Except, there’s been an itsy bitsy teeny weeny problem. Interest rates have been going up. Per the debtors:

The mortgage origination business is significantly impacted by interest rate trends. In mid-2016, the 10-year Treasury was 1.60%. Following the U.S. presidential election, it rose to a range of 2.30% to 2.45% and maintained that range throughout 2017. The 10-year Treasury rate increased to over 3.0% for most of 2018. The rise in rates during this time period reduced the overall size of the mortgage market, increasing competition and significantly reducing market revenues.

Said another way: mortgage rates are pegged off the 10-year treasury rate and rising rates chilled the housing market. With buyers running for the hills, originators can’t pump supply. Hence, diminished revenues. And diminished revenues are particularly problematic when you have high-interest debt with an impending maturity.

This is where the business model really comes into play. Here’s a diagram illustrating how this all works:


💥We Have a Feasibility Problem. Part VII (Repeat Bankruptcy = Not Charming)💥


Last month, Ann M. Miller and Lorie Beers, Managing Directors in Cowen Inc’s ($COWN)Special Situations Group published a constructive piece in the TMA Journal asking, “Chapter 22: Should Retailers Get a Second Chance at a Fresh Start?” They provide (i) a solid overview of the requirements of section 1129(a)(11) of the Bankruptcy Code governing confirmation of a plan (read: where the “feasibility” requirement comes from),* (ii) an acknowledgement of the chapter 22 problem — particularly in retail,** and (iii) a summary of the Gymboree and Payless chapter 22s (which we wrote about here and here, respectively). They write:

Strict constructionists would argue that the Bankruptcy Code requires an affirmative finding of feasibility and that retail debtors are, for the most part, incapable of meeting that burden unless they have changed their business model to account for the Amazon Effect or addressed other challenges with the business model. They would also argue that the burden of establishing feasibility requires an independent evidentiary showing and that the support of the preponderance of the constituencies is not enough.

This view assumes that a Chapter 22 filing is indicative of failure and somehow blemishes the bankruptcy system as a whole. Strict constructionists also argue that sophisticated creditor constituencies game the bankruptcy system inappropriately by using their leverage in the RSA process to extract concessions.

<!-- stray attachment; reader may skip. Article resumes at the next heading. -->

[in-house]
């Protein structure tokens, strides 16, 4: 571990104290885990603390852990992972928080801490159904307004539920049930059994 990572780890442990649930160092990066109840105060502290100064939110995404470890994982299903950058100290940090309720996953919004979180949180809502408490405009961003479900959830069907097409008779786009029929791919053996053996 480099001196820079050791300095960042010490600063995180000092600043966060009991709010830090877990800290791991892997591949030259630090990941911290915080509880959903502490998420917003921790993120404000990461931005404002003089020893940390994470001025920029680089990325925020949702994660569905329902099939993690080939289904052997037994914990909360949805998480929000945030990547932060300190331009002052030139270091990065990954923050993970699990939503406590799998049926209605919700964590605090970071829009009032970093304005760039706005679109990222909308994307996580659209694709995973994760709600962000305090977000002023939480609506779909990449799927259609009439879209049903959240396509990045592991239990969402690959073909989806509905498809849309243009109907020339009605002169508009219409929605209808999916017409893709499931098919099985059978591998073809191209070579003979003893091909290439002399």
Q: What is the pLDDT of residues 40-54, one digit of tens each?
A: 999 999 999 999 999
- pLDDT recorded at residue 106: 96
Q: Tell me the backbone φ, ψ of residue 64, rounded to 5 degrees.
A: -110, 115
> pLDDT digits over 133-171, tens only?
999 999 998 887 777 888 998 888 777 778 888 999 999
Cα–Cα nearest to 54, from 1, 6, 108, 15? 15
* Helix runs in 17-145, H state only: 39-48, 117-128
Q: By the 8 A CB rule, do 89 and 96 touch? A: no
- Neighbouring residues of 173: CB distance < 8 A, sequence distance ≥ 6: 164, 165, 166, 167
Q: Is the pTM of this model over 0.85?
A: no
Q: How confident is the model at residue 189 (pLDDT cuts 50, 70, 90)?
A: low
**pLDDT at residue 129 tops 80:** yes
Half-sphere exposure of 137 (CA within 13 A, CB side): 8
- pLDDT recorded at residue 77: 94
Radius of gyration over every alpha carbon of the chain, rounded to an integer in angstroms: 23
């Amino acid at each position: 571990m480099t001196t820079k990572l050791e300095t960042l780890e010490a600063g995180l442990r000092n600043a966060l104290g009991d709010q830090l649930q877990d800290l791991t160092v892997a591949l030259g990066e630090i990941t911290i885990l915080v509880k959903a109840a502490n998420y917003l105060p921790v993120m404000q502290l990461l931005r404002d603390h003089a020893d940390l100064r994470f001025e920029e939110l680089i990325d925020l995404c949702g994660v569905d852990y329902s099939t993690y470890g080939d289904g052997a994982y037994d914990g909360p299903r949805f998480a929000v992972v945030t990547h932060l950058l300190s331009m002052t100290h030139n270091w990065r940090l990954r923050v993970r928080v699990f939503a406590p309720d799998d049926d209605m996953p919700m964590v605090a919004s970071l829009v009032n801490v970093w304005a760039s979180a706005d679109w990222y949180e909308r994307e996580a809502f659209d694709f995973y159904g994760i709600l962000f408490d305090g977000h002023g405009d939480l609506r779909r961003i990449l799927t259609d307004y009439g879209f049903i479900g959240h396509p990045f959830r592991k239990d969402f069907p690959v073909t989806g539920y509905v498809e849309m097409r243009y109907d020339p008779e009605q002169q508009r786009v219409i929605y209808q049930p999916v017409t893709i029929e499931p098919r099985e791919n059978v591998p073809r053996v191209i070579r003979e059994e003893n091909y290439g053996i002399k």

But is that an appropriate view? Shouldn’t those whose recoveries are at stake have the opportunity to roll the dice to see if their plan can work? And why should an extended battle over feasibility, which would add additional costs to the bankruptcy proceeding, be tolerated if no one wants to prosecute such a challenge? (emphasis added)

Regarding the Gymboree and Payless chapter 22s, specifically, they write:

The two cases raise several questions in the area of feasibility. In the case of Gymboree, unless the company addressed the disruption it faced from the Amazon Effect, was any amount of debt reduction capable of producing a feasible plan? Maybe not, but does that mean that the initial Chapter 11 plan confirmation should not have been attempted and the initial case should have moved directly to a sale or liquidation? After all, for nearly two years, many people retained their jobs, landlords had tenants, vendors continued to have a counterparty with whom to have a commercial relationship, and creditors received the value they negotiated for their claims.

In the case of Payless, the problems went beyond disruption. Missteps in the business plan that predicated the first filing continued after emergence, almost promising a subsequent filing. But again, initially at least, jobs were saved, tenancies were preserved, and creditors received what they bargained for. (emphasis added)

These are all valid questions and fair points — especially when you see things like this:


😬Decreased Birth Rates, Diminished Sales & Distressed Signs: Destination Maternity Deteriorates (Short Turnaround BoD Types)😬


Per NPR:

The U.S. birthrate fell again in 2018, to 3,788,235 births — representing a 2% drop from 2017. It's the lowest number of births in 32 years, according to a new federal report. The numbers also sank the U.S. fertility rate to a record low.

Not since 1986 has the U.S. seen so few babies born. And it's an ongoing slump: 2018 was the fourth consecutive year of birth declines, according to the provisional birthrate report from the Centers for Disease Control and Prevention.

Birthrates fell for nearly all racial and age groups, with only slight gains for women in their late 30s and early 40s, the CDC says.

These statistics must really suck for any business that generates revenue off of the maternity cohort.